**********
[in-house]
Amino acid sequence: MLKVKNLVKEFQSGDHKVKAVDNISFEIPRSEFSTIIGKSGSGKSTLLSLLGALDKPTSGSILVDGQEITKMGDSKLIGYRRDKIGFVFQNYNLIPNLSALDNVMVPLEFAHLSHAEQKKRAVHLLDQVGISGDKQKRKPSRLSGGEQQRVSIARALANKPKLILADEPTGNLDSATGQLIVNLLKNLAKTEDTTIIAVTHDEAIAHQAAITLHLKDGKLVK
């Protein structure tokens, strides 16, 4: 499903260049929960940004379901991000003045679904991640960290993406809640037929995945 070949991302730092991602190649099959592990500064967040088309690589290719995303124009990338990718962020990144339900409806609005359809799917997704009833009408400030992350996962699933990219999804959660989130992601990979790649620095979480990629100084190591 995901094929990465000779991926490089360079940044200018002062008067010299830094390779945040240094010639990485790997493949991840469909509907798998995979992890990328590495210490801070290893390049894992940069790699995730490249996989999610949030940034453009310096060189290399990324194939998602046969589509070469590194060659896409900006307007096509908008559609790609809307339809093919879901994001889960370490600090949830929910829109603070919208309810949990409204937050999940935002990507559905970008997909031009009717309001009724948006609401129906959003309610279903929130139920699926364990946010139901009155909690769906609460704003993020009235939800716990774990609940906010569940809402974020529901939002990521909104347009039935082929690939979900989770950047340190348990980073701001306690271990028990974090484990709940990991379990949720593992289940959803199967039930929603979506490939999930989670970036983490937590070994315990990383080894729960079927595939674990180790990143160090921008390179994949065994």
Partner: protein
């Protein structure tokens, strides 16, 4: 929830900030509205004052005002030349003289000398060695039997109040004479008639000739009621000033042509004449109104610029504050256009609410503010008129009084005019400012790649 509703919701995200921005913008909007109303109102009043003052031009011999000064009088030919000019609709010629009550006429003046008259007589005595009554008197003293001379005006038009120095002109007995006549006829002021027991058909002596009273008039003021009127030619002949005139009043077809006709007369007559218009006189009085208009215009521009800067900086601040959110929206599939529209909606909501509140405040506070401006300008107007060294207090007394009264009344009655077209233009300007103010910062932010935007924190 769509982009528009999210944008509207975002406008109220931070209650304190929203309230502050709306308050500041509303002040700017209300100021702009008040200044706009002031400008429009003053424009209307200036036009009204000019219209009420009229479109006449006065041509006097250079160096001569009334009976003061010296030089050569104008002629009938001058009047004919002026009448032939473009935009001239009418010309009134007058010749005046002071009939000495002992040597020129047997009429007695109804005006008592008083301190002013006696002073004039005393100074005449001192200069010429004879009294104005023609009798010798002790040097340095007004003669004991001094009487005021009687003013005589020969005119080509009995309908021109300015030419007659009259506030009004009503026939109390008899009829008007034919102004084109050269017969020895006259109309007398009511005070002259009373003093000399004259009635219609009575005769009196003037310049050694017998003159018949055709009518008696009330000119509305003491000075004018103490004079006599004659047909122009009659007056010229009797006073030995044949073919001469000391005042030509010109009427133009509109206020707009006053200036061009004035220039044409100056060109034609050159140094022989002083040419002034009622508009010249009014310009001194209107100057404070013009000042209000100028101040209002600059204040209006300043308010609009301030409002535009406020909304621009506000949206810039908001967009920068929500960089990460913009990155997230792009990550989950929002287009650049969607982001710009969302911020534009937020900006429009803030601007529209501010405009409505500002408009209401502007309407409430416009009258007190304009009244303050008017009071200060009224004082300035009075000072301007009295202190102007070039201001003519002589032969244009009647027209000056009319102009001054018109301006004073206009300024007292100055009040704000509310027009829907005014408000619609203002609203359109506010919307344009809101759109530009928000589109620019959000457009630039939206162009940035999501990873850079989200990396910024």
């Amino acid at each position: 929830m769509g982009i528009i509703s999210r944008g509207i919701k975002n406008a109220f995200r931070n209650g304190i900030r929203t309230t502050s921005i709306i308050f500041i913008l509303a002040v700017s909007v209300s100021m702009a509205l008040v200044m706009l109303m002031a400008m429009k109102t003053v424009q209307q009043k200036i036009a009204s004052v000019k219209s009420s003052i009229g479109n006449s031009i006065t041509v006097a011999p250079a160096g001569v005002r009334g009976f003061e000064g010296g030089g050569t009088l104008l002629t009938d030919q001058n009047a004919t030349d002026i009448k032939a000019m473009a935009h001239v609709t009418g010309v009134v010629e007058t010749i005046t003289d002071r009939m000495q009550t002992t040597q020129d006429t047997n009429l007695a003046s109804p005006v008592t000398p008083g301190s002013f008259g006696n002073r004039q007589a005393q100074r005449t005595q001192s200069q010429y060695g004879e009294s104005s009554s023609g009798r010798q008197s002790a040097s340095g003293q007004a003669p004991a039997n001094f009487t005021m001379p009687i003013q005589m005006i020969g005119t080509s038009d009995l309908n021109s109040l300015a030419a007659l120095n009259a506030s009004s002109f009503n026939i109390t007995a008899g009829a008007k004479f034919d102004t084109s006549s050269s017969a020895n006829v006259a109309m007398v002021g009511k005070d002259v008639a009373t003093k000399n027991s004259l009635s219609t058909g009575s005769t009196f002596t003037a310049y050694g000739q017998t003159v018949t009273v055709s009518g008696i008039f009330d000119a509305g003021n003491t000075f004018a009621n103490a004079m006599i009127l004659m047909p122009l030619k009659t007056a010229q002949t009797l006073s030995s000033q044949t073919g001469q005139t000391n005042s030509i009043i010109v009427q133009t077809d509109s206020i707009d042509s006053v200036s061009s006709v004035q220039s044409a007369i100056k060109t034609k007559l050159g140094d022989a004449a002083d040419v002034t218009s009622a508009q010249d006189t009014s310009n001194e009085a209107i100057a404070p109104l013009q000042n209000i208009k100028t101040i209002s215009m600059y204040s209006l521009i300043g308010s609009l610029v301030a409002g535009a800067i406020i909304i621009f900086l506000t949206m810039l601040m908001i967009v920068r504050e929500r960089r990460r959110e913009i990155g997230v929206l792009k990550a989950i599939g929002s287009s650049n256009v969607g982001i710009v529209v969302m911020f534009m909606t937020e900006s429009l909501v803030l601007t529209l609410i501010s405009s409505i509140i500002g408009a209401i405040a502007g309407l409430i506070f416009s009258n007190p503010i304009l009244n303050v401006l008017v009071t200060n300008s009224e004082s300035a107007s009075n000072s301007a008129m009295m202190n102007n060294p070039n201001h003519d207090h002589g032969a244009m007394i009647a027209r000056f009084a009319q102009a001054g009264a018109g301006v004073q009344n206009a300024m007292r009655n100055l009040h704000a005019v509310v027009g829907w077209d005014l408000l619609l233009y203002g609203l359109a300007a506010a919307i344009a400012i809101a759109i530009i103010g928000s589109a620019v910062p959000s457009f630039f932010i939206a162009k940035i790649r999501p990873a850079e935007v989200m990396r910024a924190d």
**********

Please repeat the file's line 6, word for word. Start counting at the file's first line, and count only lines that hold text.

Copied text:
């Amino acid at each position: 929830m769509g982009i528009i509703s999210r944008g509207i919701k975002n406008a109220f995200r931070n209650g304190i900030r929203t309230t502050s921005i709306i308050f500041i913008l509303a002040v700017s909007v209300s100021m702009a509205l008040v200044m706009l109303m002031a400008m429009k109102t003053v424009q209307q009043k200036i036009a009204s004052v000019k219209s009420s003052i009229g479109n006449s031009i006065t041509v006097a011999p250079a160096g001569v005002r009334g009976f003061e000064g010296g030089g050569t009088l104008l002629t009938d030919q001058n009047a004919t030349d002026i009448k032939a000019m473009a935009h001239v609709t009418g010309v009134v010629e007058t010749i005046t003289d002071r009939m000495q009550t002992t040597q020129d006429t047997n009429l007695a003046s109804p005006v008592t000398p008083g301190s002013f008259g006696n002073r004039q007589a005393q100074r005449t005595q001192s200069q010429y060695g004879e009294s104005s009554s023609g009798r010798q008197s002790a040097s340095g003293q007004a003669p004991a039997n001094f009487t005021m001379p009687i003013q005589m005006i020969g005119t080509s038009d009995l309908n021109s109040l300015a030419a007659l120095n009259a506030s009004s002109f009503n026939i109390t007995a008899g009829a008007k004479f034919d102004t084109s006549s050269s017969a020895n006829v006259a109309m007398v002021g009511k005070d002259v008639a009373t003093k000399n027991s004259l009635s219609t058909g009575s005769t009196f002596t003037a310049y050694g000739q017998t003159v018949t009273v055709s009518g008696i008039f009330d000119a509305g003021n003491t000075f004018a009621n103490a004079m006599i009127l004659m047909p122009l030619k009659t007056a010229q002949t009797l006073s030995s000033q044949t073919g001469q005139t000391n005042s030509i009043i010109v009427q133009t077809d509109s206020i707009d042509s006053v200036s061009s006709v004035q220039s044409a007369i100056k060109t034609k007559l050159g140094d022989a004449a002083d040419v002034t218009s009622a508009q010249d006189t009014s310009n001194e009085a209107i100057a404070p109104l013009q000042n209000i208009k100028t101040i209002s215009m600059y204040s209006l521009i300043g308010s609009l610029v301030a409002g535009a800067i406020i909304i621009f900086l506000t949206m810039l601040m908001i967009v920068r504050e929500r960089r990460r959110e913009i990155g997230v929206l792009k990550a989950i599939g929002s287009s650049n256009v969607g982001i710009v529209v969302m911020f534009m909606t937020e900006s429009l909501v803030l601007t529209l609410i501010s405009s409505i509140i500002g408009a209401i405040a502007g309407l409430i506070f416009s009258n007190p503010i304009l009244n303050v401006l008017v009071t200060n300008s009224e004082s300035a107007s009075n000072s301007a008129m009295m202190n102007n060294p070039n201001h003519d207090h002589g032969a244009m007394i009647a027209r000056f009084a009319q102009a001054g009264a018109g301006v004073q009344n206009a300024m007292r009655n100055l009040h704000a005019v509310v027009g829907w077209d005014l408000l619609l233009y203002g609203l359109a300007a506010a919307i344009a400012i809101a759109i530009i103010g928000s589109a620019v910062p959000s457009f630039f932010i939206a162009k940035i790649r999501p990873a850079e935007v989200m990396r910024a924190d």